Hobbyists return to car restoration projects during the pandemic

 

The 1969 Volkswagen dune buggy had been abandoned on a beach before Dibble purchased it last summer. Disclaimer: Modifying vehicles can adversely affect warranty coverage and compliance with required safety and other standards.

With time to spare and nowhere to go during lockdown, many classic-car owners have seized the opportunity to finally make progress on a restoration project – or two.

Rob Dibble saw the overabundance of time at home as an opportunity to pursue his passion for car restoration. The corporate development entrepreneur has been working remotely in Charlotte, North Carolina, and his flexible schedule allowed him to focus on the restoration of his 1969 Volkswagen dune buggy.

“I wanted to do something more productive than binging TV shows,” Dibble said. He purchased the classic open-air vehicle in August of last year but has not had the opportunity to work on it until recent stay-at-home orders freed up much of his time. “I’ve re-discovered my love for restoration over the past few months.”

The buggy is not Dibble’s first restoration project. He has restored three motorcycles and two former ambulances that he converted into tailgating buses. However, the Dune Buggy is his first vintage vehicle.

“The car had been abandoned on a beach. It was totally rusted and in bad shape,” he said. Over the course of three months, Dibble installed a new carburetor, exhaust system, wheels, brakes and headlights. He also made changes to the interior, including new seats, a new dashboard with a GPS speedometer, new carpeting and a new stereo. He also re-painted the exterior, transforming it from all-yellow to a flat grey with a light-yellow racing stripe.

When Dibble encounters a mechanical challenge, he spends time “tinkering” to see if he can solve the issue. “That’s the most fun part for me. I love trying out different solutions and seeing what I can figure out for myself,” he says.

If Dibble needs additional support, he turns to the online community of Volkswagen enthusiasts.

“They’ve been so welcoming. They help work through any challenges you have in the restoration process, send vehicle parts that you may not be able to find, and share their own projects,” he said. “I never knew there was this presence of Volkswagen fans [in Charlotte]. It’s been nice to see the community supporting each other.”

Dibble is continuing to make progress and refine his restoration skills while working remotely. Disclaimer: Modifying vehicles can adversely affect warranty coverage and compliance with required safety and other standards.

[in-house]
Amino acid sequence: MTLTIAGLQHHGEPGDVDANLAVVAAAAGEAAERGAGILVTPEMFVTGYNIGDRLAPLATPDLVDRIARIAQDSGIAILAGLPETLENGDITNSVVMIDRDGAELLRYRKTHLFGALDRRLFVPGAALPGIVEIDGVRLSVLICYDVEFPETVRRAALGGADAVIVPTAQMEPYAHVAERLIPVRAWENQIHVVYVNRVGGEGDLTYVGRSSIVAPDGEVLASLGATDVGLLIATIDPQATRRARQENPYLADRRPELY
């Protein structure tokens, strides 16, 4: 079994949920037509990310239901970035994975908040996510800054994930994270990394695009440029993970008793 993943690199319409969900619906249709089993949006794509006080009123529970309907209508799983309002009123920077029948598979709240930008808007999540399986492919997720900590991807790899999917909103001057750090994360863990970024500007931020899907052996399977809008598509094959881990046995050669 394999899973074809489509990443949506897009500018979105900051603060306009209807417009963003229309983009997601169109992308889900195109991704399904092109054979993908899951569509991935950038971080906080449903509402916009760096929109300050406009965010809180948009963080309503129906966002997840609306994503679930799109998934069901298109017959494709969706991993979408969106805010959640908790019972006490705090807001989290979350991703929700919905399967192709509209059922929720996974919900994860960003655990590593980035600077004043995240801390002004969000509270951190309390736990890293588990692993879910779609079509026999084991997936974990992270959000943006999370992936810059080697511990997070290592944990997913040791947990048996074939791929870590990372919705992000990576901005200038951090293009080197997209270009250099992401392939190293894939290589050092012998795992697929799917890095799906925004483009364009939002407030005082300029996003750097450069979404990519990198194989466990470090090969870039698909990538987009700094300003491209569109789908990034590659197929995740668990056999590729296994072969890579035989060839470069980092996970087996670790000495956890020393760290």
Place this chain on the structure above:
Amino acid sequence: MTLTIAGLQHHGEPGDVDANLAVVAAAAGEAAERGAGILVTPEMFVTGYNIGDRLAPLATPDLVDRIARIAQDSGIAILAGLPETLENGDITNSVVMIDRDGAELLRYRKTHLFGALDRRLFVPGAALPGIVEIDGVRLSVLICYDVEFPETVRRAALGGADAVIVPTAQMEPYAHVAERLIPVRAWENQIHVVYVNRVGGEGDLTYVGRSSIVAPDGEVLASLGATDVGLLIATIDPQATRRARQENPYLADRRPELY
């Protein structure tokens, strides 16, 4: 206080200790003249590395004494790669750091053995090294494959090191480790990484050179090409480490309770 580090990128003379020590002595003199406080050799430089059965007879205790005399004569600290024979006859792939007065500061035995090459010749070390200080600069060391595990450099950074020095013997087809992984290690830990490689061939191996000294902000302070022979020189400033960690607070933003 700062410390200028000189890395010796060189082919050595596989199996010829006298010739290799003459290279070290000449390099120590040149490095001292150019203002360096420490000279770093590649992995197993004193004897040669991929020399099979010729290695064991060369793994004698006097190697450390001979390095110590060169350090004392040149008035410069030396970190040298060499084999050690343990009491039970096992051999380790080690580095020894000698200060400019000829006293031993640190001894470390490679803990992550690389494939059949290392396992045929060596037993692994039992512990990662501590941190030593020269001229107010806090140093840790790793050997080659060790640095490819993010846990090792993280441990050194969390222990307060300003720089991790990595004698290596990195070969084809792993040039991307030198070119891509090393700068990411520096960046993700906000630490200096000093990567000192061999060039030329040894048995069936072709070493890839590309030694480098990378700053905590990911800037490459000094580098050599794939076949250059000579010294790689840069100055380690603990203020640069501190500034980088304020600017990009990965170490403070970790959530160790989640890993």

Dibble has enjoyed seeing the creative ways others have solved for mechanical problems. “Everyone is concerned about money right now, which makes it difficult to purchase expensive car parts or get restoration work done for them,” he said. “Because of the pandemic, people are taking on the work themselves and being resourceful. For me, it’s been one way to have fun and focus on something I love.”

For Jamie Orr, car restoration is more than just a hobby. Based in Pottstown, Pennsylvania, Orr works with Volkswagen and travels around the world to restore and write about Volkswagens. “I was working on three concept cars when the stay-at-home orders started,” Orr said.

“I was scheduled to travel around Europe for auto shows in a few weeks. It was really disappointing not to see these projects come to life.” But the stay-at-home orders which paused his scheduled travel with Volkswagen allowed him to pursue several personal projects.

His first is a 1974 Volkswagen Golf that he found in the Nevada desert almost a decade ago. “I’ve been able to do more work on the car in the past eight weeks than I have in the past eight years,” Orr said.

Orr has 19 Volkswagens in his garage for personal projects, so his restoration to-do list won’t be completed anytime soon. Next up is a 1984 Volkswagen Golf GTI which he plans to restore on-camera non-stop. “I’m going to set up a webcam and am not going to leave my workshop until the car is ready to drive out,” he explained. “That’s one challenge I’m really looking forward to.”

Orr has also seen his social media following grow as more and more people take up car restoration projects with their extra time. “We are all finding solace and a healthy distraction through car restoration,” he says. “And the great thing is that you can do it while social distancing and supporting the suppliers and recyclers that provide the car parts.”

While anxious to get back to his travel and projects with Volkswagen, Orr sees this increased love for car restoration as a silver lining during this difficult time.

“This is something people may have brushed to the side for years. Now, we are all making space in our lives for hobbies again. Especially now, it’s important to find the little things that make us happy,” he said. 1